When multiple notes are selected, you can apply/remove a tag, download, delete or archive those notes or create new connections. Outside of linking, which we will cover below, the note options are the standard ones that Amplenote supports and you can learn more about them here.
The new Graph View may be the most powerful interface yet for filtering and acting on notes. In the example in the video below we are deleting old and unnecessary notes from the notebook by doing the following:
First, we search for notes that match the word "diagnostic"
Then, we select all of them by holding
Shift, clicking and dragging over the notes
Then, we make sure to exclude notes that matched our search but arent' actually "diagnostic" notes
Then we use the multi-select toolbar to apply the deletion
Starting with the release of Graph Mode, Amplenote will treat the first emoji character found at the start of a note's title as that note's dedicated emoji. It will appear in Graph Mode as the icon of that note, as so:
In the future, Amplenote will recognize Note Emojis in other places of the app as well.
To add/change a note emoji, select your note from Graph Mode and tap on the icon to the left of the note title:
As of December 2023, team Amplenote likes to use Note Emojis to visually distinguish notes from each other at a glance. For example, you might apply the briefcase 💼 emoji to work-related notes you need to visit/link to often. Or you might prefix all of your "weekly reviews" or "work reports" with a clipboard 📋 emoji. Hobby-related notes are also prime examples of notes that benefit from the visual identifiers in your notebook: 🎶, ⛷️, 🌻.
Note Graph is best used to explore connections between notes. In the main panel, you will see a collection of nodes and arrows between nodes. Nodes represent notes, and arrows represent how they link to each other. Arrows will always have the origin at the note that contains the link and will end at the note which is linked
Nodes that are isolated represent notes that don't link to anything and are not linked to from anywhere. You can highlight these notes using the note count menu in the left side of the page:
You can choose whether to show or hide unliked notes from the settings menu in the top right:
When you select an individual note, all connected notes will be highlighted and in the menu that appears you can see a list of all incoming and outcoming links respectively:
There are two main ways to create new connections between notes in Graph View.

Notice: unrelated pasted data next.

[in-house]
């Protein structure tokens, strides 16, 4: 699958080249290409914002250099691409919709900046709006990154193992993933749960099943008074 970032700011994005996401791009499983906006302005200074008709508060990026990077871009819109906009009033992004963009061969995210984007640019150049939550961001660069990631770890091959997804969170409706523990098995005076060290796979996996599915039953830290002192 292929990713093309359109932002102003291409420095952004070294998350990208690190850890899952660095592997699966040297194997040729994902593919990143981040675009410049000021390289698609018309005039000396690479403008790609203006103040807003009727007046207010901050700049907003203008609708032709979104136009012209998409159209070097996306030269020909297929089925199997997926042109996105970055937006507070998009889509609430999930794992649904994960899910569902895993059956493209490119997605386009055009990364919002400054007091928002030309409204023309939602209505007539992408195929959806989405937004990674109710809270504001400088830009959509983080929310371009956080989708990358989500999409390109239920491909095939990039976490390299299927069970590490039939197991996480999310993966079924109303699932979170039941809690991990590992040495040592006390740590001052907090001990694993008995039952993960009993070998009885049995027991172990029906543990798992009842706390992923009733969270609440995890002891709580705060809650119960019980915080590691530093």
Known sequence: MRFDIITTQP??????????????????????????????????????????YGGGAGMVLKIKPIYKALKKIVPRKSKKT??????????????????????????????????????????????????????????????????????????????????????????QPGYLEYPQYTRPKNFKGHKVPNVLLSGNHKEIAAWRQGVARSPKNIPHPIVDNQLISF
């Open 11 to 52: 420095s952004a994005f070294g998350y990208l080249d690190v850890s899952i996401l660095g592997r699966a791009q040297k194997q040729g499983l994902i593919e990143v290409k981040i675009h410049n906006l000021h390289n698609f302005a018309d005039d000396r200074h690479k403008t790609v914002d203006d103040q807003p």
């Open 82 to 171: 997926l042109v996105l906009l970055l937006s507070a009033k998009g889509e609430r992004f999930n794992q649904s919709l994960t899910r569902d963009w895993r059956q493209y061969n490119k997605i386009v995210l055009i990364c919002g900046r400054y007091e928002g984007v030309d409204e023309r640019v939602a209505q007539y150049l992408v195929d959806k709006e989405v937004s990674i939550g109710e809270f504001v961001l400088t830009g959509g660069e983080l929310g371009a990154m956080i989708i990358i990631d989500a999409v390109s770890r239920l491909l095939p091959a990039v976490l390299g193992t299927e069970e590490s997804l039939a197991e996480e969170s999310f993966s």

When two or more notes are selected, use the note linking option in the pop-up menu to quickly create an arrow from all of those notes to a another note of your choice. Behind the scenes, this will add a simple link to the target note at the top of each of the selected notes.
When a single note is selected, you can enter Note Linking mode by pressing
m on your keyboard or the button in the nav column on the right. When in Note Linking mode, clicking on a node will no longer select it, but it will instead it will add its link to the initially selected note. A subsequent click on the same node will remove that connection:
To quickly preview the contents of a note on you graph, simply
Cmd-Click on that note to open it in the Peek Viewer. From Peek Viewer, open the options menu of a note to quickly jump to that note on the Graph:
It probably goes without saying, but when you are browsing your Graph View, we recommend always keeping a note open in your Peek Viewer, to capture the ideas that you generate as you navigate your notes. It is often an insightful experience to organize, connect, and reflect upon your accumulated wisdom. Having a blank slate to scribble on is almost always handy if you'll be spending minutes in the view mode.
There is a known issue with using Graph Mode in Brave. If you cannot select notes on your Graph, make sure to turn off "Shields" for amplenote.com:
The above can be done while visiting
amplenote.com/notes from the regular Brave browser (not the PWA).
In 2024, we plan to continue extending Graph Mode. The two biggest opportunities we plan to explore are 1) bringing a version of Graph View to native mobile app 2) allow miniature version of note graph to be shown in the Peek Viewer. Please be sure to vote for these features on our Roadmap Voting Boards if you would like to see them happen more sooner than later?